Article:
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GPIO Descriptor Driver Interface
This document serves as a guide for GPIO chip drivers writers. Note that it
describes the new descriptor-based interface. For a description of the
deprecated integer-based GPIO interface please refer to gpio-legacy.txt.
Each GPIO controller driver needs to include the following header, which defines
the structures used to define a GPIO driver:
#include <linux/gpio/driver.h>
Internal Representation of GPIOs
Inside a GPIO driver, individual GPIOs are identified by their hardware number,
which is a unique number between 0 and n, n being the number of GPIOs managed by
the chip. This number is purely internal: the hardware number of a particular
GPIO descriptor is never made visible outside of the driver.
On top of this internal number, each GPIO also need to have a global number in
the integer GPIO namespace so that it can be used with the legacy GPIO
interface. Each chip must thus have a "base" number (which can be automatically
assigned), and for each GPIO the global number will be (base + hardware number).
Although the integer representation is considered deprecated, it still has many
users and thus needs to be maintained.
So for example one platform could use numbers 32-159 for GPIOs, with a
controller defining 128 GPIOs at a "base" of 32 ; while another platform uses
numbers 0..63 with one set of GPIO controllers, 64-79 with another type of GPIO
controller, and on one particular board 80-95 with an FPGA. The numbers need not
be contiguous; either of those platforms could also use numbers 2000-2063 to
identify GPIOs in a bank of I2C GPIO expanders.
Controller Drivers: gpio_chip
In the gpiolib framework each GPIO controller is packaged as a "struct
gpio_chip" (see linux/gpio/driver.h for its complete definition) with members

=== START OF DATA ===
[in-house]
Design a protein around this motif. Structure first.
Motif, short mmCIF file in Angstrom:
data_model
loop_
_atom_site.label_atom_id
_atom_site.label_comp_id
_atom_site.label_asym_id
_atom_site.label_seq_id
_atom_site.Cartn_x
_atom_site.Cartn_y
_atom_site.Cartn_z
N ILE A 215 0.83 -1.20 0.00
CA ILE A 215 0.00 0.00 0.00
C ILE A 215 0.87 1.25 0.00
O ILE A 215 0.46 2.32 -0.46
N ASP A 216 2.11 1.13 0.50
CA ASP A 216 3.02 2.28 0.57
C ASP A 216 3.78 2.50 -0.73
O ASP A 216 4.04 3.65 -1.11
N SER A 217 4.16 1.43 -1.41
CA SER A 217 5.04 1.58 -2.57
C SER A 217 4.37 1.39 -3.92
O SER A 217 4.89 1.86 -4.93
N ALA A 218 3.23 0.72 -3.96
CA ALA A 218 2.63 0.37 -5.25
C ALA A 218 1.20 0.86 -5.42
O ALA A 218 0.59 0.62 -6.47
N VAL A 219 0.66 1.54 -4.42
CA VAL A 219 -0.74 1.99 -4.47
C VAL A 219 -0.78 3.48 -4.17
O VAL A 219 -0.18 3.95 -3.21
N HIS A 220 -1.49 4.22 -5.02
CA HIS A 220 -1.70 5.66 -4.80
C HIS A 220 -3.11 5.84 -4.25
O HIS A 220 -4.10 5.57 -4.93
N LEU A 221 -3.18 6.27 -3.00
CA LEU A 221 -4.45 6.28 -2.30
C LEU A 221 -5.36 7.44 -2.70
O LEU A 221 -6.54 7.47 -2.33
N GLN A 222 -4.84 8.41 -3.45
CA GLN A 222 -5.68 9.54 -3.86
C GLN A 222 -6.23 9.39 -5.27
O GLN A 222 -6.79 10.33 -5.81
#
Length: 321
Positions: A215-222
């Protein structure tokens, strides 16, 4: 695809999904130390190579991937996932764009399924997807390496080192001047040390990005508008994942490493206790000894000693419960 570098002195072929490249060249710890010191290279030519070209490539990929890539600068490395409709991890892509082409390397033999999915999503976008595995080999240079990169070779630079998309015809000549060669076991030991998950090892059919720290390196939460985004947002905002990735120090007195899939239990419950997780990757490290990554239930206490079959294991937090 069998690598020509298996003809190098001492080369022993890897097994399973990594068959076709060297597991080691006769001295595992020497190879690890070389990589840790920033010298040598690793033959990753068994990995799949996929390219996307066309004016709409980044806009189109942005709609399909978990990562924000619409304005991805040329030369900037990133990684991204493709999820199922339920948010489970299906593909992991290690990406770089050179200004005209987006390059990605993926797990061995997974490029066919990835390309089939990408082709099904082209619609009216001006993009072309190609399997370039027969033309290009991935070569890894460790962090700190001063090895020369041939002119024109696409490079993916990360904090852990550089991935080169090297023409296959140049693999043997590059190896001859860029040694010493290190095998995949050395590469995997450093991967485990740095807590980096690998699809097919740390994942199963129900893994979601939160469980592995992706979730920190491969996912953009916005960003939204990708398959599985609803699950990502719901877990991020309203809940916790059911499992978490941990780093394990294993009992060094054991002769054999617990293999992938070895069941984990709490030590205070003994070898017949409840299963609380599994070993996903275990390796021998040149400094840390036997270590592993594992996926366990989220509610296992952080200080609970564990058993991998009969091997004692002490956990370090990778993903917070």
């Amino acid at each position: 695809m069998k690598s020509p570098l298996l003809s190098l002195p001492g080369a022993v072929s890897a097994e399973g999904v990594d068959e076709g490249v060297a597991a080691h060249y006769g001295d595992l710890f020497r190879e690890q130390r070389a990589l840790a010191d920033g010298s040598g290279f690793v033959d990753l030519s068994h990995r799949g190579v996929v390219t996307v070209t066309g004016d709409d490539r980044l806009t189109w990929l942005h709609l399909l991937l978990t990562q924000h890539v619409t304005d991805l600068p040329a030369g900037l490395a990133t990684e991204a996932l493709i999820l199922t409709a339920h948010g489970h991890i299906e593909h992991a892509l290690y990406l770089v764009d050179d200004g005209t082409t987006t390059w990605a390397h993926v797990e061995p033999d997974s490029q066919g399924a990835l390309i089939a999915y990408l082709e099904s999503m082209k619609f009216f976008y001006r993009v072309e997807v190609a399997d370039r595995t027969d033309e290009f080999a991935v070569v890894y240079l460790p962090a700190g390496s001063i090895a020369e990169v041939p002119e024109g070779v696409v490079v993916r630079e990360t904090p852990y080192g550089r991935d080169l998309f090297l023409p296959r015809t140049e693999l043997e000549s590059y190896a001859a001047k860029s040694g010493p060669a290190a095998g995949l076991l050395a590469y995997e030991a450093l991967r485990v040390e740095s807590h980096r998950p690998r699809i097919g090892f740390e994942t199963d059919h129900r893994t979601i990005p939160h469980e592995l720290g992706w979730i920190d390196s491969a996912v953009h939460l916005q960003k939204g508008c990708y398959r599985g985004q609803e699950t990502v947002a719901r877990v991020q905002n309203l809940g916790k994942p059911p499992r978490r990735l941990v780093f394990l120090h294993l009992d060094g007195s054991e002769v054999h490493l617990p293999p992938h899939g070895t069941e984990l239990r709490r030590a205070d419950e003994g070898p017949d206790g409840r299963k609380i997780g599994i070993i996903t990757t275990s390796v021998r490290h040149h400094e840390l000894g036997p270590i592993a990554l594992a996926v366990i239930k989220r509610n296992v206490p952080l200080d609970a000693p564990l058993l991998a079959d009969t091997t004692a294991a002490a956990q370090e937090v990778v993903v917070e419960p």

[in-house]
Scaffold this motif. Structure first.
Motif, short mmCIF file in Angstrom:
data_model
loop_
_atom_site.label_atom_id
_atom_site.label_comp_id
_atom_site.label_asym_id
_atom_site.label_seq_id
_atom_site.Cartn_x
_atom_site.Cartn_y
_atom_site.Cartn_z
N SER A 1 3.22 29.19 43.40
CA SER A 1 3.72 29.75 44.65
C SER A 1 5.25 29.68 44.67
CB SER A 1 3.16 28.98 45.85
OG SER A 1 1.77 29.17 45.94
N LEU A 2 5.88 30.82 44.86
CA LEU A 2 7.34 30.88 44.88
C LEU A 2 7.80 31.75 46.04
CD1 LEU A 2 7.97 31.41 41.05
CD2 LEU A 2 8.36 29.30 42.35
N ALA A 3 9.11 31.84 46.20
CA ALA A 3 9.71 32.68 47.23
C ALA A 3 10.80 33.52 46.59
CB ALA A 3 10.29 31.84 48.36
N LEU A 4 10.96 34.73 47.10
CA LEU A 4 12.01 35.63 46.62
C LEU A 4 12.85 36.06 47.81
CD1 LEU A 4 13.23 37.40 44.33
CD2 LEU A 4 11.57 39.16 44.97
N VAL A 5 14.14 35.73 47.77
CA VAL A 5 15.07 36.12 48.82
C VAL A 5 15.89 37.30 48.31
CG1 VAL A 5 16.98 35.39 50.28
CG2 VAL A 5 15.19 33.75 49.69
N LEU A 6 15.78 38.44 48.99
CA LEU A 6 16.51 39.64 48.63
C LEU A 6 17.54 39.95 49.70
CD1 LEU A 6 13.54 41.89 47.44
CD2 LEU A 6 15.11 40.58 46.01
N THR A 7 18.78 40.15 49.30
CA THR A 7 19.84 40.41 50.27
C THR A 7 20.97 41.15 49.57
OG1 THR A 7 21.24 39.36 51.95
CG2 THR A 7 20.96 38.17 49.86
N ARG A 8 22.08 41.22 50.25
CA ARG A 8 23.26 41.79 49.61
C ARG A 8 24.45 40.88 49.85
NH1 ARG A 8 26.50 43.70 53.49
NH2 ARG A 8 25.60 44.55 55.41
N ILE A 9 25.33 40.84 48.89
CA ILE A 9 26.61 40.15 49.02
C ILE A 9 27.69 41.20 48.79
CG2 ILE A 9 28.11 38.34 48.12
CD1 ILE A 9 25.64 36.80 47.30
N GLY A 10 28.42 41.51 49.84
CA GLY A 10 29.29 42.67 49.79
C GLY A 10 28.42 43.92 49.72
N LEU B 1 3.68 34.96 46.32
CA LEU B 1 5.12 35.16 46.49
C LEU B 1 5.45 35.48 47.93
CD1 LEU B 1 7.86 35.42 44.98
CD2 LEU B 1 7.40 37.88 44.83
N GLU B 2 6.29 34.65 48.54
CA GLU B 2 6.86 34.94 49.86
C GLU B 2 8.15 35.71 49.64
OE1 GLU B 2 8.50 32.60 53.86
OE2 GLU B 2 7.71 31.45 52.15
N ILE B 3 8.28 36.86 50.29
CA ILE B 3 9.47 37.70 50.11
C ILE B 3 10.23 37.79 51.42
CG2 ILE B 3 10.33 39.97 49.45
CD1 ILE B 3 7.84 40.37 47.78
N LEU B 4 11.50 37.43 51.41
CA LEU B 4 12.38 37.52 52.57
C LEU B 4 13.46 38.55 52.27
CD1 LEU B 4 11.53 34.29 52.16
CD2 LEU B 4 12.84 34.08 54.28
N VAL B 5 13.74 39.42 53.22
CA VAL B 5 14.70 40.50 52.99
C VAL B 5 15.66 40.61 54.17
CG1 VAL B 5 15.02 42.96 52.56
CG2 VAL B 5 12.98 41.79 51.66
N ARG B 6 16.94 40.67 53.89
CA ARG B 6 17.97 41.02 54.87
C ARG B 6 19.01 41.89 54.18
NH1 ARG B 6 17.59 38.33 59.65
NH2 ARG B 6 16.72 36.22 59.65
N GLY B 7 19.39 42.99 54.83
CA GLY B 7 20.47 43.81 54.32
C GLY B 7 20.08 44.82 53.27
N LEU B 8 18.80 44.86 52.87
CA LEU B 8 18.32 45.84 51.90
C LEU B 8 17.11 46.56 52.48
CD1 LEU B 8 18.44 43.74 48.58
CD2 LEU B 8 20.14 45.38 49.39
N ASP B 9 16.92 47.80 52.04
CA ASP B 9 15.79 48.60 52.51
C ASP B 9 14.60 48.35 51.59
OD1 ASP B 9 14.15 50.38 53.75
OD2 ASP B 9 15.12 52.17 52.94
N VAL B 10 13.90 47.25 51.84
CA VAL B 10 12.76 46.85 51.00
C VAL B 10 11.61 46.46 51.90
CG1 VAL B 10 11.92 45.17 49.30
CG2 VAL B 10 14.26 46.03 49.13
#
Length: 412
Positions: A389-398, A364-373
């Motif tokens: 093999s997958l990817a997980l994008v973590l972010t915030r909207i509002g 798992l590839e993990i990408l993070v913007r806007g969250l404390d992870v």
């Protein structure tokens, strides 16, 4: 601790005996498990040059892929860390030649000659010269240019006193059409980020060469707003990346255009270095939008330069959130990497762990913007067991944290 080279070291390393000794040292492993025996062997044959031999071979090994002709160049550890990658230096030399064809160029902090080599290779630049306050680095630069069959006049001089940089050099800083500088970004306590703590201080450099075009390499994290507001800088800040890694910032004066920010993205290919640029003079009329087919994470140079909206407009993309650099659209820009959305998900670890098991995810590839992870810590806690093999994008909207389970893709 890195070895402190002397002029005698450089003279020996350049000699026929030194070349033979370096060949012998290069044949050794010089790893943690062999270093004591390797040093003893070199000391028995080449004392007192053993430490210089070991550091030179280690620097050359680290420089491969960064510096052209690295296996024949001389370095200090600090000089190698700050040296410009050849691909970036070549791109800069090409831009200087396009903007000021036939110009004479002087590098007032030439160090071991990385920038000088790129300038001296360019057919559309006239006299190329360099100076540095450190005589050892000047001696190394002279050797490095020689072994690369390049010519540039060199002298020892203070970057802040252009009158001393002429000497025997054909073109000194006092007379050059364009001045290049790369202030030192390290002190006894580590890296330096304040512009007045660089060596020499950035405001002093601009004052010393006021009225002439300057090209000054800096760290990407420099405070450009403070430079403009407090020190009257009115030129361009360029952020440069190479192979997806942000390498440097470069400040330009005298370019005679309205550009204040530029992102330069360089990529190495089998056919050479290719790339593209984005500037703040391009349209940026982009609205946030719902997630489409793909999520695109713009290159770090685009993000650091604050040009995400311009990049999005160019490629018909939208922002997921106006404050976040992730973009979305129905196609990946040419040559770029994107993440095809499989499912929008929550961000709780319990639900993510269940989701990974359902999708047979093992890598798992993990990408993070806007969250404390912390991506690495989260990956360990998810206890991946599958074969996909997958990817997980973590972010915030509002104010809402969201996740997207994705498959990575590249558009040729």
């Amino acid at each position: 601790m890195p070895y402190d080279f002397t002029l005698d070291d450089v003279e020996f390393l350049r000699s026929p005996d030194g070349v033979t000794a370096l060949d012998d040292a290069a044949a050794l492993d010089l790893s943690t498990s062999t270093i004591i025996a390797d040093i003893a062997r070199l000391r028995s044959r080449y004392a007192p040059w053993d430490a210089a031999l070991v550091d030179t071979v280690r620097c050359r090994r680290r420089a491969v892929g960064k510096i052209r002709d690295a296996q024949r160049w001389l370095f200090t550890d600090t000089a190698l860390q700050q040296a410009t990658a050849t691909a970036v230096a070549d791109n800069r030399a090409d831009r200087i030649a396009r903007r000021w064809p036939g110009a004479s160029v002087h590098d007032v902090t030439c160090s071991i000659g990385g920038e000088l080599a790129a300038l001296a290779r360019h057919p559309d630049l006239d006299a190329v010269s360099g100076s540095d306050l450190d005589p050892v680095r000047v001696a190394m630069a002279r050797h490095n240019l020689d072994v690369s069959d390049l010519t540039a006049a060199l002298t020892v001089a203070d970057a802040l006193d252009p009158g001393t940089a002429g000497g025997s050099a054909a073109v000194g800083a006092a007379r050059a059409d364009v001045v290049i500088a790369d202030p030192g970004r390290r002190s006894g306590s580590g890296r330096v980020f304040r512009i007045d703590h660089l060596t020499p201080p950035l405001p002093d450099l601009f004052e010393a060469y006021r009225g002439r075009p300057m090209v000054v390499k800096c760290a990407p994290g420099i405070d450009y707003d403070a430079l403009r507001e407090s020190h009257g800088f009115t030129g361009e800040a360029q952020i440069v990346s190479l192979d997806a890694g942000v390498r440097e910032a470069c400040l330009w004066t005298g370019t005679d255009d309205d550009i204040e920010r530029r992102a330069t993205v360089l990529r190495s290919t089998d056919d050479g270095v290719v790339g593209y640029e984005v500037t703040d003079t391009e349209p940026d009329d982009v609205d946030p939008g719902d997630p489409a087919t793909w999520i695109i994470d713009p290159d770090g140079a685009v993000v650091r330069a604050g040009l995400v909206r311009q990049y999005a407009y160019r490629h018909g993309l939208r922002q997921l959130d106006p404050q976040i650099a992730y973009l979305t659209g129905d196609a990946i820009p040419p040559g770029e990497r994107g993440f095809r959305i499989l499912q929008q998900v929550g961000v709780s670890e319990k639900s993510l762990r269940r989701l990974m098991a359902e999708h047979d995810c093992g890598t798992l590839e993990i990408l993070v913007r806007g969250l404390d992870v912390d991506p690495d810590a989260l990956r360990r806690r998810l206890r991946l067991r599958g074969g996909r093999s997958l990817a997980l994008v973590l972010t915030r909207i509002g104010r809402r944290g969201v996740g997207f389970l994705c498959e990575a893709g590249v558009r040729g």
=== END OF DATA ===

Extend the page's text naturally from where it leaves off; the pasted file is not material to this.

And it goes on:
common to each controller of that type:
- methods to establish GPIO direction
- methods used to access GPIO values
- method to return the IRQ number associated to a given GPIO
- flag saying whether calls to its methods may sleep
- optional debugfs dump method (showing extra state like pullup config)
- optional base number (will be automatically assigned if omitted)
- label for diagnostics and GPIOs mapping using platform data
The code implementing a gpio_chip should support multiple instances of the
controller, possibly using the driver model. That code will configure each
gpio_chip and issue gpiochip_add(). Removing a GPIO controller should be rare;
use gpiochip_remove() when it is unavoidable.
Most often a gpio_chip is part of an instance-specific structure with state not
exposed by the GPIO interfaces, such as addressing, power management, and more.
Chips such as codecs will have complex non-GPIO state.
Any debugfs dump method should normally ignore signals which haven't been
requested as GPIOs. They can use gpiochip_is_requested(), which returns either
NULL or the label associated with that GPIO when it was requested.
GPIO drivers providing IRQs
It is custom that GPIO drivers (GPIO chips) are also providing interrupts,
most often cascaded off a parent interrupt controller, and in some special
cases the GPIO logic is melded with a SoC's primary interrupt controller.
The IRQ portions of the GPIO block are implemented using an irqchip, using
the header <linux/irq.h>. So basically such a driver is utilizing two sub-
systems simultaneously: gpio and irq.
It is legal for any IRQ consumer to request an IRQ from any irqchip no matter
if that is a combined GPIO+IRQ driver. The basic premise is that gpio_chip and
irq_chip are orthogonal, and offering their services independent of each
gpiod_to_irq() is just a convenience function to figure out the IRQ for a
certain GPIO line and should not be relied upon to have been called before
the IRQ is used.
So always prepare the hardware and make it ready for action in respective
callbacks from the GPIO and irqchip APIs. Do not rely on gpiod_to_irq() having
been called first.
This orthogonality leads to ambiguities that we need to solve: if there is
competition inside the subsystem which side is using the resource (a certain
GPIO line and register for example) it needs to deny certain operations and
keep track of usage inside of the gpiolib subsystem. This is why the API
below exists.
Locking IRQ usage
Input GPIOs can be used as IRQ signals. When this happens, a driver is requested
to mark the GPIO as being used as an IRQ:
int gpiod_lock_as_irq(struct gpio_desc *desc)
This will prevent the use of non-irq related GPIO APIs until the GPIO IRQ lock
is released:
void gpiod_unlock_as_irq(struct gpio_desc *desc)
When implementing an irqchip inside a GPIO driver, these two functions should
typically be called in the .startup() and .shutdown() callbacks from the